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Drop was co-founded four years ago by Cameron Dearsley, left, Darren Fung, centre, and Derrick Fung.The Globe and Mail

Royal Bank of Canada is backing an upstart loyalty-management program geared at millennials called Drop Technologies Inc. as part of a US$44-million venture-capital financing.

Toronto-based Drop, co-founded four years ago by brothers Derrick and Darren Fung and their friend Cameron Dearsley, says it has signed up three million consumers who use their smartphones to collect cash rewards by shopping with more than 300 merchant partners geared toward younger users, including e-commerce companies Warby Parker, Instacart, Expedia and Postmates, as well as Whole Foods, Starbucks and Uber. Drop says its users, who link their credit and debit cards to their account to receive points as they shop – sometimes on top of the points they already earn from their financial institutions – have earned close to US$19-million in rewards.

“The loyalty rewards space is old and archaic” with legacy providers more geared toward merchants than consumers, said 31-year-old chief executive Derrick Fung, whose younger brother is the company’s chief technology officer. “Someone has to come in and really innovate.”

He said millennials are more comfortable providing personal data and access to their online bank accounts to customer-friendly financial technology apps such as his on their smartphones. That will allow Drop to send more targeted, personalized offers to customers than other loyalty-management firms – and to generate marketing insights from the wealth of data it collects from consenting consumers. “You may think of us as a reward company … [but] we believe that Drop at its core really is a financial-data company. We use the data to better the lives of our consumers and help our retailer partners make better decisions.”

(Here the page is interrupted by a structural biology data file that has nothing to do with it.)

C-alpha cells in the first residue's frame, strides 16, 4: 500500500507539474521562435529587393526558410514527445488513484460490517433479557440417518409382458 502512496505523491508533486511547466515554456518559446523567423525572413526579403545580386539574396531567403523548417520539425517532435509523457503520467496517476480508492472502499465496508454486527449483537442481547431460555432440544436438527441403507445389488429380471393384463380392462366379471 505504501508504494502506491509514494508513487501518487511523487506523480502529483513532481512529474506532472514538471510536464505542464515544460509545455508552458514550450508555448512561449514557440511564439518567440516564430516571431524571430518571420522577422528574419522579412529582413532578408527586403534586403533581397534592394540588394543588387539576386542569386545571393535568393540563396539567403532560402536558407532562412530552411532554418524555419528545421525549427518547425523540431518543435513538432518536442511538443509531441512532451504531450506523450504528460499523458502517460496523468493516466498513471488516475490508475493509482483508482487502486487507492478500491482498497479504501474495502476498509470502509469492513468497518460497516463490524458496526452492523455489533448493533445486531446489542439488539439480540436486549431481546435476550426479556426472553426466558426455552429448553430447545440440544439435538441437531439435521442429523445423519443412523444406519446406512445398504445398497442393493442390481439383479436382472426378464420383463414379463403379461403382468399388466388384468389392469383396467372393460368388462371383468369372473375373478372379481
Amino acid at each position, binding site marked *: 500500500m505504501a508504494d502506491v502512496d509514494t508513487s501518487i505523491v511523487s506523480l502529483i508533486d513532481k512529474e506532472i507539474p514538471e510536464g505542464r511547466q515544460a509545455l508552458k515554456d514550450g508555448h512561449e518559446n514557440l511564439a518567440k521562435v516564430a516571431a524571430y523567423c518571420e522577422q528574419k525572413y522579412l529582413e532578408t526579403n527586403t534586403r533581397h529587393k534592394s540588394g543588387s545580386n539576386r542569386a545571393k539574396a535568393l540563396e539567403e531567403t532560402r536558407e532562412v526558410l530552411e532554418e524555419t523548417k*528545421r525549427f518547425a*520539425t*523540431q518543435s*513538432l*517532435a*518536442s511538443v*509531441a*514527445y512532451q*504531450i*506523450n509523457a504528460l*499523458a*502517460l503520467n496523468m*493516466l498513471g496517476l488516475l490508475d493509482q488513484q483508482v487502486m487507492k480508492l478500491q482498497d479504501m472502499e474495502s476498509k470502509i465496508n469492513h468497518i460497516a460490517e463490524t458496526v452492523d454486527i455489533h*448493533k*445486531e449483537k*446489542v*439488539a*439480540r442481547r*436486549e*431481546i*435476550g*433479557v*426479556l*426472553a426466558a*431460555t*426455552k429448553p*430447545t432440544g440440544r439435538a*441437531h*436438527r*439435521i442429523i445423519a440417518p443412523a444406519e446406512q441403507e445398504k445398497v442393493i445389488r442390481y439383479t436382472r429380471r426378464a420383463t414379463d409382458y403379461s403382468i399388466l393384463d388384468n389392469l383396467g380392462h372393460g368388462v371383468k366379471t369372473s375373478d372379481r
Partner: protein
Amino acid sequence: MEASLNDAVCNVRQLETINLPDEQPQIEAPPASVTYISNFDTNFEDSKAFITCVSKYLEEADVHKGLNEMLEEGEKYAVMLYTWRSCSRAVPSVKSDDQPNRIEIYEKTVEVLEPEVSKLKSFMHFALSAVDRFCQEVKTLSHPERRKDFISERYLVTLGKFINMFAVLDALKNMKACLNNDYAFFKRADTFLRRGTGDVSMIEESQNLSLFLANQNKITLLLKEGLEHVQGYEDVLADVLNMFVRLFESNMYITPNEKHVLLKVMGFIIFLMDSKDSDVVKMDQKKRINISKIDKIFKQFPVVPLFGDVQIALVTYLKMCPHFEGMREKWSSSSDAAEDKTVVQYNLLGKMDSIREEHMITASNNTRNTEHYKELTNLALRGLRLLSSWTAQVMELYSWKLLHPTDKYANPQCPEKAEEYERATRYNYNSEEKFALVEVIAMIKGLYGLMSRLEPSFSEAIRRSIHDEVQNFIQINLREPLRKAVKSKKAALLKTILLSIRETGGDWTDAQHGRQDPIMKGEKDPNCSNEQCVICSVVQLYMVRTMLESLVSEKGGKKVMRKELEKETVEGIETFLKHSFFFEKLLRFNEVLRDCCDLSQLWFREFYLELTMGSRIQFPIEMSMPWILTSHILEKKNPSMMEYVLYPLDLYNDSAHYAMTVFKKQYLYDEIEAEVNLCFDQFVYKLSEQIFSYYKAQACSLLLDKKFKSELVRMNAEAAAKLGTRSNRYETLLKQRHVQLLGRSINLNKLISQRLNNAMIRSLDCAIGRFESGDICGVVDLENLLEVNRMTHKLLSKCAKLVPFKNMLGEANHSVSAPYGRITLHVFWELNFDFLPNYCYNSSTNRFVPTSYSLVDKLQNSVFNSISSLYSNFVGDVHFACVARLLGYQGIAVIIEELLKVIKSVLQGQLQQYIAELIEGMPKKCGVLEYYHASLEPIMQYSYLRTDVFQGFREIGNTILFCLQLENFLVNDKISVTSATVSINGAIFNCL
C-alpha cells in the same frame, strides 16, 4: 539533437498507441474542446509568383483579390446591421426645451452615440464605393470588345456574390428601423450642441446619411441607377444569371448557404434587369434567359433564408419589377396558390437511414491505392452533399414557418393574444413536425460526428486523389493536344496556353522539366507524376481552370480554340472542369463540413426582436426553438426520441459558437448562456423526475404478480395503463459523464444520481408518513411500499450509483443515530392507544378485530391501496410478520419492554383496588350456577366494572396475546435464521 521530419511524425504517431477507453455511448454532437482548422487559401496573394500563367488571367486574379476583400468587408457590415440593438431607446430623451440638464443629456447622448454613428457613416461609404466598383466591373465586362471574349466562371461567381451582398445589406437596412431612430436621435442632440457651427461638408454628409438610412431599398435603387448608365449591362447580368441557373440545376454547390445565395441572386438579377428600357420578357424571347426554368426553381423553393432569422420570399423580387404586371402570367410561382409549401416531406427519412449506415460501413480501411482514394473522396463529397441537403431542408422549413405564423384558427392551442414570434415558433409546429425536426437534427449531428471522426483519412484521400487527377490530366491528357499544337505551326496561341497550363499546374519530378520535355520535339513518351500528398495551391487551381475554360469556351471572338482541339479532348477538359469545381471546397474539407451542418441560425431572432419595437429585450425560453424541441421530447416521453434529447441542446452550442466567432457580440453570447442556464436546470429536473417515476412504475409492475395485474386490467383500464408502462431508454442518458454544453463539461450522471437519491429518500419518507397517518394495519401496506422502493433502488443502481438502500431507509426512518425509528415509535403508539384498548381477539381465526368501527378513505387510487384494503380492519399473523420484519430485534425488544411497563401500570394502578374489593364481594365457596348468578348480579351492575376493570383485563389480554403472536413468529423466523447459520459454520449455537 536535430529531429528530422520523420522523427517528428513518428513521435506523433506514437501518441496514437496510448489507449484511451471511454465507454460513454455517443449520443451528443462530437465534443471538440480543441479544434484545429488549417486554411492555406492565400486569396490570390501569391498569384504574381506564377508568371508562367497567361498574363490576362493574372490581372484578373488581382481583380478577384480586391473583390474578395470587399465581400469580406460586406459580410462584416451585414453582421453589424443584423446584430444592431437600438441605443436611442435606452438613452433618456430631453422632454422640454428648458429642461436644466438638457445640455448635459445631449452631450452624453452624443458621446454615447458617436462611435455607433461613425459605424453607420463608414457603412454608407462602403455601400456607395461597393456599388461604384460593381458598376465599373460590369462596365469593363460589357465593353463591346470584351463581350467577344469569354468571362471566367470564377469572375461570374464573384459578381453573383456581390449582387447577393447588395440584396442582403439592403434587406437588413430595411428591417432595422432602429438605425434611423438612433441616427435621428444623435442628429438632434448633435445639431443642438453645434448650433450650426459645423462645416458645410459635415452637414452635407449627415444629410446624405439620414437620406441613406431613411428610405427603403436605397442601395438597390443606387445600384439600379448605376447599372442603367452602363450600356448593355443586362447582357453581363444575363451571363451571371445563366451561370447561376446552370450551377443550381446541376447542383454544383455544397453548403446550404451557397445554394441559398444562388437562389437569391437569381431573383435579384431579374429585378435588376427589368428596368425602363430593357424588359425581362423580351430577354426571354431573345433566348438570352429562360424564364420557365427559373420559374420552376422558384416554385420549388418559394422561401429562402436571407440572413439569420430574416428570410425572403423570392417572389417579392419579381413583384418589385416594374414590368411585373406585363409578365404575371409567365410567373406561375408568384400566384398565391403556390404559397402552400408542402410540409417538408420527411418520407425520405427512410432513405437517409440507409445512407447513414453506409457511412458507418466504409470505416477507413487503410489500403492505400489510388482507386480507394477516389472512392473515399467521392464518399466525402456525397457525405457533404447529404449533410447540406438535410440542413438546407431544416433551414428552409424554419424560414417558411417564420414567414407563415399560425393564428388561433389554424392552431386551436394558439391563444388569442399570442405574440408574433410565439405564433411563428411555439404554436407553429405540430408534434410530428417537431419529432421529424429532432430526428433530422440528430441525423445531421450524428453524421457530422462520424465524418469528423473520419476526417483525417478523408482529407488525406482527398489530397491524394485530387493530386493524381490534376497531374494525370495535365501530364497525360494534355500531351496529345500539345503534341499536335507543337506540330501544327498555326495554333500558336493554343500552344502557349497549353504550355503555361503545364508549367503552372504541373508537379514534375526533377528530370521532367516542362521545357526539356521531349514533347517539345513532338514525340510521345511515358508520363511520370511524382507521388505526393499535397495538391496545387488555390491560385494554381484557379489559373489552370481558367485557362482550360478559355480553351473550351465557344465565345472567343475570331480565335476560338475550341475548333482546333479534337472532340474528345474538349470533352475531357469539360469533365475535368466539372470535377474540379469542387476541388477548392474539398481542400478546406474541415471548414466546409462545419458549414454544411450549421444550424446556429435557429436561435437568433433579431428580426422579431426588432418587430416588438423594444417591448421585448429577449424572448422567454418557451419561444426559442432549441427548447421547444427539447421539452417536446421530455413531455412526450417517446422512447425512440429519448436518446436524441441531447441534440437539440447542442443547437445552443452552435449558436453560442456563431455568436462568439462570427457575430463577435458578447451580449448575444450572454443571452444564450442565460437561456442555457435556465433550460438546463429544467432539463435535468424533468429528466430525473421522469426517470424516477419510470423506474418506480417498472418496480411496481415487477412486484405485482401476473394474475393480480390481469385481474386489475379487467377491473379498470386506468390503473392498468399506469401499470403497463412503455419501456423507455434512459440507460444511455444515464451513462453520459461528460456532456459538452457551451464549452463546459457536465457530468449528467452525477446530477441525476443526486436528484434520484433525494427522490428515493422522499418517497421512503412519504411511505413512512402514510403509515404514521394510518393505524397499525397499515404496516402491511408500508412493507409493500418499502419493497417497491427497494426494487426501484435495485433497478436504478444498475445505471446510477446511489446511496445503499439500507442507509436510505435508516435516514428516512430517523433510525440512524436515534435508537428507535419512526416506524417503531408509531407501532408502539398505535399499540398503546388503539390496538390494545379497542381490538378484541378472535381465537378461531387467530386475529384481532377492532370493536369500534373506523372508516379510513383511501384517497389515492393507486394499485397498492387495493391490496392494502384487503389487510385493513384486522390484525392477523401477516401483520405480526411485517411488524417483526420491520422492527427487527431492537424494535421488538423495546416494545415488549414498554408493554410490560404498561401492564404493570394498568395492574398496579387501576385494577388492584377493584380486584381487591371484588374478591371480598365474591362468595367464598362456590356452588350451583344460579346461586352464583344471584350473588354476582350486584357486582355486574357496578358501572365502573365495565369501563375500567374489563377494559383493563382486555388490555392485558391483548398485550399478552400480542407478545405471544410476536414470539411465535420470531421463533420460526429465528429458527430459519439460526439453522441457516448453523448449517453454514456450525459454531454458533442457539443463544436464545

Mr. Fung declined to provide information on the company’s revenue and other key metrics, including how many of its registered users actually use the app regularly. However, two of the company’s earlier backers expressed enthusiasm about the startup’s progress since it raised US$21-million in early 2018 in financing led by New York venture-capital giant New Enterprise Associates, at a time when it had less than 20 retail partners.

Onsi Sawiris, co-founder and managing partner of New York-based HOF Capital, which led the latest funding round, said Drop had increased its number of registered users tenfold since early 2018. “Drop is definitely headed in the right direction” with relatively high customer engagement compared with other financial technology startups. “We’re very comfortable that Drop has found product-market fit and has a loyal user base.”

Eric Martineau-Fortin, London-based managing director with White Star Capital, said Drop is generating “positive unit economics,” but will need to raise another round of financing before it produces operating profits. He added that investors don’t want the company to focus yet on profitability, but “to optimize on growth and scale. That’s where we are now.”

Mr. Fung, a former Bay Street trader, decided to launch a startup geared at providing an updated loyalty program for smartphone-toting millennials after selling his previous startup, Tunezy, a marketing platform for musicians, to SFX Entertainment in 2013. Drop found support early on, raising $1-million in seed funding in 2016 primarily from foreign fund managers including ff Venture Capital and Rothenberg, and raising another US$5.5-million a year later led by Sierra Ventures, a few months before closing its US$21-million financing in early 2018.

RBC is believed to be one of the largest investors in the latest financing, although the company declined to comment on the deal.

Mr. Fung, whose 70-person company recently bought Canadian predictive analytics startup Canopy Labs last year to help sharpen its analytic capabilities, plans to focus on expanding into other markets outside its North American base including Britain and Australia.

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